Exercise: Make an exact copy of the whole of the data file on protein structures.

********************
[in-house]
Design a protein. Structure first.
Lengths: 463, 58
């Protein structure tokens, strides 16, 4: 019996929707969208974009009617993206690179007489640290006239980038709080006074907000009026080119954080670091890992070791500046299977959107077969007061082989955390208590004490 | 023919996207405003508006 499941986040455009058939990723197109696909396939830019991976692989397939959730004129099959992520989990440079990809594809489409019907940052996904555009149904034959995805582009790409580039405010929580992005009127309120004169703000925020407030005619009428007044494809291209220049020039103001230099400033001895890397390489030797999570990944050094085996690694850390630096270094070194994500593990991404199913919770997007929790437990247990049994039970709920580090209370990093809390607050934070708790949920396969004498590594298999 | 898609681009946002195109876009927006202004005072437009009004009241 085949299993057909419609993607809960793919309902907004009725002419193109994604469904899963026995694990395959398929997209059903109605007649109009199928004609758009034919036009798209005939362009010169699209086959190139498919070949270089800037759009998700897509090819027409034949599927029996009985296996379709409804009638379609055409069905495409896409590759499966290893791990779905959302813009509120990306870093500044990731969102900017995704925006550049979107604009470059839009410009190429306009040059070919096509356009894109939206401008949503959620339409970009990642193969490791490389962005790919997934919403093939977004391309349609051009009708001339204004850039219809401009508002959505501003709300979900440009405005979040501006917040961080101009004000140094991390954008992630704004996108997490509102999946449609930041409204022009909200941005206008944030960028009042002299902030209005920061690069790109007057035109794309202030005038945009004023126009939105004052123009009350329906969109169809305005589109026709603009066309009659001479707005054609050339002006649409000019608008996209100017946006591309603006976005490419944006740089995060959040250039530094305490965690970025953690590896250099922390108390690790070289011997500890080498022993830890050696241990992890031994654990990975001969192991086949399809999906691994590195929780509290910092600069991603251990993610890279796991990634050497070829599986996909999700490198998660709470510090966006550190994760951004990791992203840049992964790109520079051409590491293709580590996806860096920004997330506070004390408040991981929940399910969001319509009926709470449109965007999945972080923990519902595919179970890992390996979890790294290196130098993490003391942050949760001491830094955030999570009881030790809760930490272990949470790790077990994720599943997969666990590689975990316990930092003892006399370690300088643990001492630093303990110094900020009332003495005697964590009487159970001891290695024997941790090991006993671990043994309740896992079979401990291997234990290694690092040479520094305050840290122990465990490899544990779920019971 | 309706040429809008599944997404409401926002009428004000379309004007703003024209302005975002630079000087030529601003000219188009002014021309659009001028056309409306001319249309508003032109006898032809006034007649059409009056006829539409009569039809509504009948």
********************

[in-house]
Design a protein. Structure first.
Lengths: 463, 58
């Protein structure tokens, strides 16, 4: 019996929707969208974009009617993206690179007489640290006239980038709080006074907000009026080119954080670091890992070791500046299977959107077969007061082989955390208590004490 | 023919996207405003508006 499941986040455009058939990723197109696909396939830019991976692989397939959730004129099959992520989990440079990809594809489409019907940052996904555009149904034959995805582009790409580039405010929580992005009127309120004169703000925020407030005619009428007044494809291209220049020039103001230099400033001895890397390489030797999570990944050094085996690694850390630096270094070194994500593990991404199913919770997007929790437990247990049994039970709920580090209370990093809390607050934070708790949920396969004498590594298999 | 898609681009946002195109876009927006202004005072437009009004009241 085949299993057909419609993607809960793919309902907004009725002419193109994604469904899963026995694990395959398929997209059903109605007649109009199928004609758009034919036009798209005939362009010169699209086959190139498919070949270089800037759009998700897509090819027409034949599927029996009985296996379709409804009638379609055409069905495409896409590759499966290893791990779905959302813009509120990306870093500044990731969102900017995704925006550049979107604009470059839009410009190429306009040059070919096509356009894109939206401008949503959620339409970009990642193969490791490389962005790919997934919403093939977004391309349609051009009708001339204004850039219809401009508002959505501003709300979900440009405005979040501006917040961080101009004000140094991390954008992630704004996108997490509102999946449609930041409204022009909200941005206008944030960028009042002299902030209005920061690069790109007057035109794309202030005038945009004023126009939105004052123009009350329906969109169809305005589109026709603009066309009659001479707005054609050339002006649409000019608008996209100017946006591309603006976005490419944006740089995060959040250039530094305490965690970025953690590896250099922390108390690790070289011997500890080498022993830890050696241990992890031994654990990975001969192991086949399809999906691994590195929780509290910092600069991603251990993610890279796991990634050497070829599986996909999700490198998660709470510090966006550190994760951004990791992203840049992964790109520079051409590491293709580590996806860096920004997330506070004390408040991981929940399910969001319509009926709470449109965007999945972080923990519902595919179970890992390996979890790294290196130098993490003391942050949760001491830094955030999570009881030790809760930490272990949470790790077990994720599943997969666990590689975990316990930092003892006399370690300088643990001492630093303990110094900020009332003495005697964590009487159970001891290695024997941790090991006993671990043994309740896992079979401990291997234990290694690092040479520094305050840290122990465990490899544990779920019971 | 309706040429809008599944997404409401926002009428004000379309004007703003024209302005975002630079000087030529601003000219188009002014021309659009001028056309409306001319249309508003032109006898032809006034007649059409009056006829539409009569039809509504009948």